Even more entertaining than its predecessor—a great read.



In this novel, second in a series, a pilot who can float invisibly helps his police-sergeant wife investigate a violent wedding robbery.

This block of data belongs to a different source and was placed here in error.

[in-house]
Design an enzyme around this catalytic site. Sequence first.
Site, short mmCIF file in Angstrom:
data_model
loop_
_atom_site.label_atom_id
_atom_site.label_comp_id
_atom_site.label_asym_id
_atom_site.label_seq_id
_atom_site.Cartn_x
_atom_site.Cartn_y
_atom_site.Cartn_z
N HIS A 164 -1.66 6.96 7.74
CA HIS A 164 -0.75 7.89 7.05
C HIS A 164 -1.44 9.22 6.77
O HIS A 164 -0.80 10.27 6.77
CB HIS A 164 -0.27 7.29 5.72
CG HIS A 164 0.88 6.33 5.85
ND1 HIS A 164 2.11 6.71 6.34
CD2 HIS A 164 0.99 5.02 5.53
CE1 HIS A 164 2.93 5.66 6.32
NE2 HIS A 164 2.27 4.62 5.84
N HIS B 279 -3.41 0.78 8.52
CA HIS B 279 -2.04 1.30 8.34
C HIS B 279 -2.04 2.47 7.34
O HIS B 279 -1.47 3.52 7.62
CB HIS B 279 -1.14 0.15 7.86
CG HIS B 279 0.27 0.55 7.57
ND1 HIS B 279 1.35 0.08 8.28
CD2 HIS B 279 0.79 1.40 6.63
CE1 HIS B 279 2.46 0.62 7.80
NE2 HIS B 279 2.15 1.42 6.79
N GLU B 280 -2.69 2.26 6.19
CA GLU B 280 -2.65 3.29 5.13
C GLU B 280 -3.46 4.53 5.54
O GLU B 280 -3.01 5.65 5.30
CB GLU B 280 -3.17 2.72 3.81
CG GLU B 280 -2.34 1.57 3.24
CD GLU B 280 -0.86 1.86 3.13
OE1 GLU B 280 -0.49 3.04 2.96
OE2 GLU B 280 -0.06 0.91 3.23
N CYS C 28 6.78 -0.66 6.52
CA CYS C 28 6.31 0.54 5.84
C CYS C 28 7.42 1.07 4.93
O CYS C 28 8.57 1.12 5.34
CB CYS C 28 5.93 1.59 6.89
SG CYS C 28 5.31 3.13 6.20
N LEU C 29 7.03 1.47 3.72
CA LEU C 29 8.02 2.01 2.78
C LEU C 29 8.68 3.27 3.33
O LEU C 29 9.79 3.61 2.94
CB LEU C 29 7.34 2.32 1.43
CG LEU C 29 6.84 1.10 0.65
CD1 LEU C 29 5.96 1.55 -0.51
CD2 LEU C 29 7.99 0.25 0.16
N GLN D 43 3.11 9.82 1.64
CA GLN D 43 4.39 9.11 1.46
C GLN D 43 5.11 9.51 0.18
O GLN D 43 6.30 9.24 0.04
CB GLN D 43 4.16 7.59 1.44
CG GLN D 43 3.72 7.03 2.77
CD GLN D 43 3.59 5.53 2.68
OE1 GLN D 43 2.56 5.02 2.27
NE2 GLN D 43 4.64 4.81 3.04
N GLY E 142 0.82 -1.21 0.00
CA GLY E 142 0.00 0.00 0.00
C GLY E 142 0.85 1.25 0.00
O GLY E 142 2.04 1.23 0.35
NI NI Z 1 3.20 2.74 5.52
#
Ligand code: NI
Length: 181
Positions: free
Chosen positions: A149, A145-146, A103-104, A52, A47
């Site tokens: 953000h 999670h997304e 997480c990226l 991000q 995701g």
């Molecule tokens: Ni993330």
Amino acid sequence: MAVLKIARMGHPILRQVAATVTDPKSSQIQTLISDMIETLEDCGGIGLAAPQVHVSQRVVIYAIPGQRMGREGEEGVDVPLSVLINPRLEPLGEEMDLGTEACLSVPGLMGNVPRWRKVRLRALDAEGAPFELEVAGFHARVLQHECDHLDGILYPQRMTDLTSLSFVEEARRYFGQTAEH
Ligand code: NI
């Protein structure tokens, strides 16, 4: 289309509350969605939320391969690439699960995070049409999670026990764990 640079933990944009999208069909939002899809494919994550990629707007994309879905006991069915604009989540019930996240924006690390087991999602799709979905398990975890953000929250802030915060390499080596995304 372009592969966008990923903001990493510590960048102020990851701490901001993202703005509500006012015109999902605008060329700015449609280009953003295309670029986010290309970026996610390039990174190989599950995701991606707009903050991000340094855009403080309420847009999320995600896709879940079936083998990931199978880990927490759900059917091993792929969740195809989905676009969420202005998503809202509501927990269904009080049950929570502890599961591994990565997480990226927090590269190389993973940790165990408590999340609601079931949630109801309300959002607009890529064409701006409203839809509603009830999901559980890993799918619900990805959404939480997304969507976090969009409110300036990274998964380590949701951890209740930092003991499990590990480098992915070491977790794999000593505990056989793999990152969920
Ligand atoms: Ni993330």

Married couple Will Stewart and Andrea “Andy” Taylor aren’t movers and shakers. He’s a regional pilot for Essex County Air Services in Wisconsin, on temporary suspension until the accident that injured him and wrecked his plane is fully investigated. She’s a police sergeant in Essex County, Wisconsin. Nevertheless, they’re attending a society wedding filled with billionaires because Andy belongs to a book club with the bride, kindergarten teacher (and Sen. Bob Stone’s daughter) Sandra, who’s marrying Todd Jameson, a political up-and-comer close to the governor. But the fancy wedding ends in tragedy when masked gunmen burst in, stealing cash gifts and terrorizing the crowd with gunshots—one fatally wounds the bride’s father. Since his accident, for still-unexplained reasons, Will can become invisible and float like an astronaut in space, but he lacks propulsion and is limited by the need for a tether, though he’s been trying to perfect a more reliable propulsion method for “the other thing,” as he dubs his ability. Doing his best, Will uses the other thing to get closer to the bad guys before their escape, and he learns a few details. The one in charge, for example, has a neo-Nazi tattoo on his hand. This clue helps lead Andy to a rural hideout for white supremacists, but signs point to a larger, more sinister political conspiracy. With Sandra now in danger, Andy, Will, and fellow pilot Cassidy Evelyn “Pidge” Page, 22, mount a daring rescue that will test Pidge’s aviation skills to the utmost. But the real behind-the-scenes player remains untouchable thanks to wealth and power—unless Will can bring off a bold and cunning plan. Seaborne (Divisible Man, 2018), a former flight instructor and charter pilot, once again gives readers a crisply written thriller. Even minor observations are sharp: A midcentury motel, for example, looks “like a row of shoe boxes, glued together side by side.” Self-powered flight is a potent fantasy, and Seaborne explores its joys and difficulties engagingly. Will’s narrative voice is amusing, intelligent, and humane; he draws readers in with his wit, appreciation for his wife, and his flight-drunk joy. The dialogue throughout is snappy and does a fine job of revealing character, as, for example, when Earl Jackson, Will’s crusty but heart-of-gold boss, tells Sandra “Your dad and I never fight. I enlighten. He chooses not to be enlightened.” Action, too, illuminates character; for example, a dangerous flying maneuver shows Pidge’s badass, death-defying skill and bravery. Seaborne chooses his villains well, with timely links to torn-from-the-headlines issues like for-profit prisons. The book’s several action set pieces are well-orchestrated and exciting, with big emotional payoffs. The ending is surprising and offers deep satisfaction while also suggesting a new, intriguing direction for Will to use his abilities. Readers will be impatient for the novel’s planned sequel.